John F Payton, co-founder of the AMA, passed away peacefully on 14th November after a brief illness, two weeks after his 92nd birthday and just one year shy of his 70th wedding anniversary. Up until the 5th November he had enjoyed the active stimulation of the music business, reporting to work five days a week at F Payton & Son’s Artarmon head office. Born in London in 1920, John was educated at Dame Alice Owen School of Islington. As a child, he was privileged to be selected for the choir of St Bartholomew-the-Great, London’s oldest church, where he had been christened and was later to marry. He insisted he only got the position in the choir because of his brother’s exceptionally pure voice; his mother had done a deal, take them both or none at all. Having endured the London Blitz, John was called up for military service on his 21st birthday at the height of World War II, serving as a wireless and communications instructor firstly at an army base near Salisbury and later at Sandringham Military Academy, where he met his wife, Glen, an ATS driver.
Once demobbed from the army, John helped his mother with the family music business which incorporated a music school, dance academy, music shop and violin repair service. With his father’s death just a couple of years prior, John became the third generation to take the reins of F. Payton & Son, which was started by his grandfather in Fleet Street in 1881.
By the mid-1950’s, John expanded his business interests to include the importation of glass and pottery which in turn led him to establish a small factory to gild and decorate wine glasses. He then added a recording studio (cutting wax records) to his music business and introduced the sale of records to the music shop. As opportunities arose he opened an art supply shop, a wool shop and eventually an antique shop. At this time, and still with the music business as his core, John formed the Camden Passage Traders Association, a cooperative of local businesses whose aim was to upgrade the area of Islington in London’s north. This led to the establishment of the Camden Passage Development Company, whose mission was to redevelop various bomb sites into the world’s first purpose-built antique centre. Camden Passage, which was formally opened in 1960, remains one of the most important antique trading areas in England and continues under the direction of his daughters, Karen and Glen.
John Payton immigrated to Australia with his wife and two sons in 1969. He was surprised to find that there was no formal association for the music industry. After re-establishing F Payton & Son in Sydney’s Clarence Street in 1972, he started discussions with Boosey & Hawke’s Jeff Auty, Australis’ Peter Hayward and Tolchin Industries’ Neville Chambers before taking their ideas to the wider industry. Not long after, the Australian Music Trades Association was formed and John served as its first president. By 1975, the dedicated committee of the AMTA staged the inaugural music trade show in the humble settings of a selection of rooms in Melbourne’s Hilton Hotel. This was a truly hands-on time for John, who was both coordinating the show from Sydney whilst still coping with the day-to-day running of his fledgling business, including order taking, hand writing invoices and assisting the storeman with picking and packing. The following decades had John serving in many roles on the AMTA committee, including a few more stints as president and overseeing the association’s transition into the AMA. In his time as a volunteer with the AMA he helped coordinate and organise many of the trade shows, however, in 1988 he took on the added responsibility of Show Organiser, with the assistance of Boosey & Hawkes’ Pat Reilly, at Sydney’s Royal Agricultural Pavilion – a runaway financial success that resulted in the Association having the ability to return part of the exhibition fees to the exhibitors.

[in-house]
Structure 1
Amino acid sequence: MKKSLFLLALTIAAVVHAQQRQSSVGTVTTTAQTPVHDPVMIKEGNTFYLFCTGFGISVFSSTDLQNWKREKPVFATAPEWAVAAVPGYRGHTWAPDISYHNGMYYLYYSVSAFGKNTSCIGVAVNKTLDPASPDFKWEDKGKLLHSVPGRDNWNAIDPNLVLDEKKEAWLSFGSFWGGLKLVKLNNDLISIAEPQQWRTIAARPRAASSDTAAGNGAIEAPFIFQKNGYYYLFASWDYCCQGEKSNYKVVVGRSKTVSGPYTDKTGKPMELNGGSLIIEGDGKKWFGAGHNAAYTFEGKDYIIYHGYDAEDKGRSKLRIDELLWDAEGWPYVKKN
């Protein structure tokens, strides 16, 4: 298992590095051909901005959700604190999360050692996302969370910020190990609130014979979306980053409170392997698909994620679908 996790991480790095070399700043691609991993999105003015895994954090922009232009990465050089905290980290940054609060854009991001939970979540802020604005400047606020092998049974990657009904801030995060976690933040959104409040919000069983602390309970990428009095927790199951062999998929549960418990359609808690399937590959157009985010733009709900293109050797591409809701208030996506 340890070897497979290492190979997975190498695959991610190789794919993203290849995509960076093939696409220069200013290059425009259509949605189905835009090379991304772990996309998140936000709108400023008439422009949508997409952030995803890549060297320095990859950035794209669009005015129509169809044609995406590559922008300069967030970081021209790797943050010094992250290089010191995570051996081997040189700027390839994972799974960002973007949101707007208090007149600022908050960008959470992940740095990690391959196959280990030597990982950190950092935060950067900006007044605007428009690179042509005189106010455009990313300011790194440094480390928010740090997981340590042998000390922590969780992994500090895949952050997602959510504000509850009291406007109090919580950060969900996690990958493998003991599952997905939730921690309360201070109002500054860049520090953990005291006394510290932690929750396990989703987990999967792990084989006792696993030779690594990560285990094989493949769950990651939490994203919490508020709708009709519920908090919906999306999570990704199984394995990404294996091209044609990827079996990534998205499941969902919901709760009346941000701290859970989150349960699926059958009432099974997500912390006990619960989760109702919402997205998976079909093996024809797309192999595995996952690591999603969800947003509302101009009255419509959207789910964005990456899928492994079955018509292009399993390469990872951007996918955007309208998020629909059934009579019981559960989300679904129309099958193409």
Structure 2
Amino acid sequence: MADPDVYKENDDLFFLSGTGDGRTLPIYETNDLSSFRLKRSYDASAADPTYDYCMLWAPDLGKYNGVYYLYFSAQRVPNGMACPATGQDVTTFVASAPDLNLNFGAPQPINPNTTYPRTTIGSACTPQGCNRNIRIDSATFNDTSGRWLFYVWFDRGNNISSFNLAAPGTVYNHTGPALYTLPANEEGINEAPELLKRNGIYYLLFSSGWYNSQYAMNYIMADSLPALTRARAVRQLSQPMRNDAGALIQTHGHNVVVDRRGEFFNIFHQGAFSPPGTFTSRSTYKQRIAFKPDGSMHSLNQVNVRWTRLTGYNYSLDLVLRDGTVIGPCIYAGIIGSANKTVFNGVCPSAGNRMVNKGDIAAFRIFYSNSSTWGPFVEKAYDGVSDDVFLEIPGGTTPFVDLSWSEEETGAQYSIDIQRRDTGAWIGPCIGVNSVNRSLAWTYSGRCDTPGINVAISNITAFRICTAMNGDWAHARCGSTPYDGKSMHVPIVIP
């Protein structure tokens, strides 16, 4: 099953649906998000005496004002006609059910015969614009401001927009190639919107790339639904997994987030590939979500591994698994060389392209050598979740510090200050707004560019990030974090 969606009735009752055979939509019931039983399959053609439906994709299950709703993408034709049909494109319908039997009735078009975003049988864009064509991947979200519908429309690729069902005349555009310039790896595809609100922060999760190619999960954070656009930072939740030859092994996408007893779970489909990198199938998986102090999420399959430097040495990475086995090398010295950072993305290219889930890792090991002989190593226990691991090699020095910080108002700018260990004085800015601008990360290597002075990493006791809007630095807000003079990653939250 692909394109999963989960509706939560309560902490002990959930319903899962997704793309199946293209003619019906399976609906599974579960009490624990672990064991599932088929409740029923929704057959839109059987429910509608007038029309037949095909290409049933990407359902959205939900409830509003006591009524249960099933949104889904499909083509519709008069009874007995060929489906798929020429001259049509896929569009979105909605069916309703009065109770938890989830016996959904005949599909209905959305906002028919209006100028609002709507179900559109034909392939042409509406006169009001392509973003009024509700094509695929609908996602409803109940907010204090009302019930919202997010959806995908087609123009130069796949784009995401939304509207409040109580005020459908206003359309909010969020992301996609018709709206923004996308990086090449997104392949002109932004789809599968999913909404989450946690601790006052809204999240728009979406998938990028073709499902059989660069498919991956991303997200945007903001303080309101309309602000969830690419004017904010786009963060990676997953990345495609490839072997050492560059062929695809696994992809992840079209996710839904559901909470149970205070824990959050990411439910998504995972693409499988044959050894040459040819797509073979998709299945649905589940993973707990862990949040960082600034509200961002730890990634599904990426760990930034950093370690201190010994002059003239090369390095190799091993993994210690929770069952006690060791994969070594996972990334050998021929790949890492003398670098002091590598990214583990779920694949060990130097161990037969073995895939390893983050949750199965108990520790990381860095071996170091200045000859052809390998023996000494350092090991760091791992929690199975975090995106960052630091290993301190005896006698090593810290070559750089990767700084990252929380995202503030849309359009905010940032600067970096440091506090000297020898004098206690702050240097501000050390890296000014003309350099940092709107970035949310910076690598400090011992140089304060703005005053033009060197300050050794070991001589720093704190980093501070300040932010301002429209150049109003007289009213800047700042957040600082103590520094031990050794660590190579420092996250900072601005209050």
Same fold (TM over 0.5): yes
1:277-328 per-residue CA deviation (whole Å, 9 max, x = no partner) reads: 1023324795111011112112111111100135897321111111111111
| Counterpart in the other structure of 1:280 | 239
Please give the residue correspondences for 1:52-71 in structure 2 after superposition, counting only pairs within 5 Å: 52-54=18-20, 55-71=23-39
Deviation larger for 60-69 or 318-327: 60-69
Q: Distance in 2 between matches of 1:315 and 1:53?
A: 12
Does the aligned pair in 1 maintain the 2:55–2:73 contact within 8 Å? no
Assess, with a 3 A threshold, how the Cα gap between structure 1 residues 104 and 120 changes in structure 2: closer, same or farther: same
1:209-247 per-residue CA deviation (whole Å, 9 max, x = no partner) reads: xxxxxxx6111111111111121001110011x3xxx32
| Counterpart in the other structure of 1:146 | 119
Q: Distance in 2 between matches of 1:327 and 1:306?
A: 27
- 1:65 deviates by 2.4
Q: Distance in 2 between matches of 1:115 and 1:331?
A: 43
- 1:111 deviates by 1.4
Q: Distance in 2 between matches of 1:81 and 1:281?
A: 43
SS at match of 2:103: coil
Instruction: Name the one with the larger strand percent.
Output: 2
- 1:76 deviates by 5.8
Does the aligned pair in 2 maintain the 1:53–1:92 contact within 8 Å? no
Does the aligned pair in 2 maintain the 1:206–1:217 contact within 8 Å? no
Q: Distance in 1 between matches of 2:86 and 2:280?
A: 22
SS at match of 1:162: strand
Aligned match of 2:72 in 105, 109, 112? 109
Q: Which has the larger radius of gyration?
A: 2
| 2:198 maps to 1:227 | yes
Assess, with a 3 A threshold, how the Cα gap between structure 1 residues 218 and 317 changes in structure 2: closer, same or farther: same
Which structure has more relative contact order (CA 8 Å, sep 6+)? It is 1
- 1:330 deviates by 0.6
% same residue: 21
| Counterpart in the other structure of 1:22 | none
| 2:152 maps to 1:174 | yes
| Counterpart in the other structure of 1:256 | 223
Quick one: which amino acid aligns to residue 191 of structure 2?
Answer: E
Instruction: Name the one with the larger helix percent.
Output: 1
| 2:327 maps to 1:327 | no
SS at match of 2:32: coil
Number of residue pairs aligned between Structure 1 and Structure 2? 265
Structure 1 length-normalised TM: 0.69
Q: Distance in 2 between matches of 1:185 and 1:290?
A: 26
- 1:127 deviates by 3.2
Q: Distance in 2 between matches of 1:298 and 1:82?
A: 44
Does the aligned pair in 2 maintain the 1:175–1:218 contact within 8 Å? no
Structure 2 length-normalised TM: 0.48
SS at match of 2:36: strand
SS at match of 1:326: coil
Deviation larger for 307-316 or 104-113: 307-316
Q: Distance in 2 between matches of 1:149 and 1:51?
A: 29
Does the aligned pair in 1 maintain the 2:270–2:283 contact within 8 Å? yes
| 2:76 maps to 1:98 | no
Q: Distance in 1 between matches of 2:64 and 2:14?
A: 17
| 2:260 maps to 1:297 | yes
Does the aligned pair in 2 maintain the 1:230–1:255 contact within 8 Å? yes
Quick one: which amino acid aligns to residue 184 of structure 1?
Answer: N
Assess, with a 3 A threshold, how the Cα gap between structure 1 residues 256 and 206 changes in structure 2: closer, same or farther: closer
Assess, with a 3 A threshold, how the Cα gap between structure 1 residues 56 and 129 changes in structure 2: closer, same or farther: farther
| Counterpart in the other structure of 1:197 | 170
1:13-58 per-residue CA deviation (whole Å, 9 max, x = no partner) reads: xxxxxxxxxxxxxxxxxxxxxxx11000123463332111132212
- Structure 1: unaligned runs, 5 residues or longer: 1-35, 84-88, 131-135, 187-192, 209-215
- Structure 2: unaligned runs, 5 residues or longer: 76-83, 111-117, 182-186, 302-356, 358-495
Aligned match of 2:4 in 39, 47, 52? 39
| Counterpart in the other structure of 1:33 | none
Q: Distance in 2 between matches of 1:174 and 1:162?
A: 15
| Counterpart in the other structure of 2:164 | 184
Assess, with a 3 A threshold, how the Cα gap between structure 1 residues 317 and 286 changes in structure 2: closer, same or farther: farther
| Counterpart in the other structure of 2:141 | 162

John has been a long standing fixture at the international music event held in Frankfurt each year, which he attended up until the age of 86. He forged close personal relationships with such industry luminaries as Mark Barnes (or Barnes & Mullins), Helmut Schaller, Horst Wittner, Leo Fender, Marina Kun, Admira’s Keller family, Vasile Gliga and many more. Most agencies he secured in the early years have remained a staple product range for the company for the last forty years.
John will be best remembered as a gentleman of the industry. He put morals before business and relationships before profit. He had a wonderful optimism for the future and enormous faith in the human spirit, whilst always maintaining a lovely sense of humour.
At the age of 92, John’s desire to attend the offices of F. Payton & Son on a daily basis, meant that his sons, John and Paul, and grandsons, Chris and Ben, were greatly privileged to enjoy his companionship each working day. He continued to be an inspiration to all around him and kept himself useful and busy with many varied tasks in both the warehouse and office. It has been truly gratifying for his family to see him so well cared for by each and every member of staff, who at all times demonstrated deep respect and genuine affection towards him.